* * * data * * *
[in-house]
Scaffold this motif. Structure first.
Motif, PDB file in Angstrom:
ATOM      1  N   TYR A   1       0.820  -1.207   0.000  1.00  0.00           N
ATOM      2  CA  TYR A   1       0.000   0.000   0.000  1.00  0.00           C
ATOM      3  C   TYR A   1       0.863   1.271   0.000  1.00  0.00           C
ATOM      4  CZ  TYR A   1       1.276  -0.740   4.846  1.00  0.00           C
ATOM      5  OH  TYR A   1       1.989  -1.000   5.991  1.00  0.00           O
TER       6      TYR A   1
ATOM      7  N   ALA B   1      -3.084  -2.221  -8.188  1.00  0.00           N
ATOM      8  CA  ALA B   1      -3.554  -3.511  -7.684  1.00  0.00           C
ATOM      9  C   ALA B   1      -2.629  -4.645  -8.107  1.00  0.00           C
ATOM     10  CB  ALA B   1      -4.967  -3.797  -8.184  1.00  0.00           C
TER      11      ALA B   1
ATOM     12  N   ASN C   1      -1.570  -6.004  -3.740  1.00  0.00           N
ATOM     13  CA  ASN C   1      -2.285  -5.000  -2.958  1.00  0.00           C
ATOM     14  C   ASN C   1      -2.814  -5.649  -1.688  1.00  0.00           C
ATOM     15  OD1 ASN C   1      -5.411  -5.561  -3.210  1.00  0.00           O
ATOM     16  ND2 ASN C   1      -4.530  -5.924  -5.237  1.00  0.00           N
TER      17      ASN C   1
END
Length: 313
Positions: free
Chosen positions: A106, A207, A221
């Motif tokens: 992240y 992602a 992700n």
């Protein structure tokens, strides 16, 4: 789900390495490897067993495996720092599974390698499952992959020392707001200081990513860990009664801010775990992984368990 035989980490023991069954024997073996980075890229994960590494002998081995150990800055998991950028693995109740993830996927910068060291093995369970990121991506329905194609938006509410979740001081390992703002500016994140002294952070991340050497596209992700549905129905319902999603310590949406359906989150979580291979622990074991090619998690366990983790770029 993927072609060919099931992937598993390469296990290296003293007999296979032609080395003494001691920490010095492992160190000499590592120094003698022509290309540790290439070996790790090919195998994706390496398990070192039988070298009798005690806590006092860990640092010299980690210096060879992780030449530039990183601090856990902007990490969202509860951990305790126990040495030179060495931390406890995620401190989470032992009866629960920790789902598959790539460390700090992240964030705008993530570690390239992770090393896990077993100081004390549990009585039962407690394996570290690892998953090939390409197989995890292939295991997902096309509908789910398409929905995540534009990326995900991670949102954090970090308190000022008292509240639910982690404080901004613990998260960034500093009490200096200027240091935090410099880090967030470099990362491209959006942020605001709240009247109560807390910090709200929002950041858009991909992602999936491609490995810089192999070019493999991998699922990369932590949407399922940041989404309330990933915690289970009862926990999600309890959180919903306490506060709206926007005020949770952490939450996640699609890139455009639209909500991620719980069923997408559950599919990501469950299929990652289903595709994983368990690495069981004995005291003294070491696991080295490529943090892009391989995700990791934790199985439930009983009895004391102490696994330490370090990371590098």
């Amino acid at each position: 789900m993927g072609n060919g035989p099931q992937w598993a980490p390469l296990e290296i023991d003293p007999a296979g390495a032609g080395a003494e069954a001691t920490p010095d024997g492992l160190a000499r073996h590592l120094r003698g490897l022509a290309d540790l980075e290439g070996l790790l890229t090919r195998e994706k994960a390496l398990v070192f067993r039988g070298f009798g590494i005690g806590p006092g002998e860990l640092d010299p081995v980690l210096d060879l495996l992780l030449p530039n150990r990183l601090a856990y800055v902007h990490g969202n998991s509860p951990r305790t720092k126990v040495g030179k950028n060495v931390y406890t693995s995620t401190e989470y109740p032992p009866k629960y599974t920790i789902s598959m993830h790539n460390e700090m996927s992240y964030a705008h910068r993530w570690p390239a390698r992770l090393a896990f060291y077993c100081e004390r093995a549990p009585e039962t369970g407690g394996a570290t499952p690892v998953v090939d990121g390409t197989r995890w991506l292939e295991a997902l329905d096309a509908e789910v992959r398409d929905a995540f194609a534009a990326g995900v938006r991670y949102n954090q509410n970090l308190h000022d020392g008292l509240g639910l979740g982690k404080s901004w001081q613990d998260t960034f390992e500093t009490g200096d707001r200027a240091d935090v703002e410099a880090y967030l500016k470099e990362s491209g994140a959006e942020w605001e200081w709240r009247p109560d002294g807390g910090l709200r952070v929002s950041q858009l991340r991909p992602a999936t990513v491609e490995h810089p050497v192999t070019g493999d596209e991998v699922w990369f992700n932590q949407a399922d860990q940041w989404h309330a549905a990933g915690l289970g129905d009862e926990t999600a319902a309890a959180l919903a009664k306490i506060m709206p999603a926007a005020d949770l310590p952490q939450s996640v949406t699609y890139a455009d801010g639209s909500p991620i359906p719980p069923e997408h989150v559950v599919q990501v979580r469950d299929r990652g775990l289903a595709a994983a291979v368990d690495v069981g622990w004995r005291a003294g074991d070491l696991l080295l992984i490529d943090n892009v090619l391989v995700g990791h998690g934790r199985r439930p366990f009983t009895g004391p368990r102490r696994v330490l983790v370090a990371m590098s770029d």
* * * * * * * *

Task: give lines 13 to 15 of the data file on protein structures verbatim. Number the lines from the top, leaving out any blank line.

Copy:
ATOM     10  CB  ALA B   1      -4.967  -3.797  -8.184  1.00  0.00           C
TER      11      ALA B   1
ATOM     12  N   ASN C   1      -1.570  -6.004  -3.740  1.00  0.00           N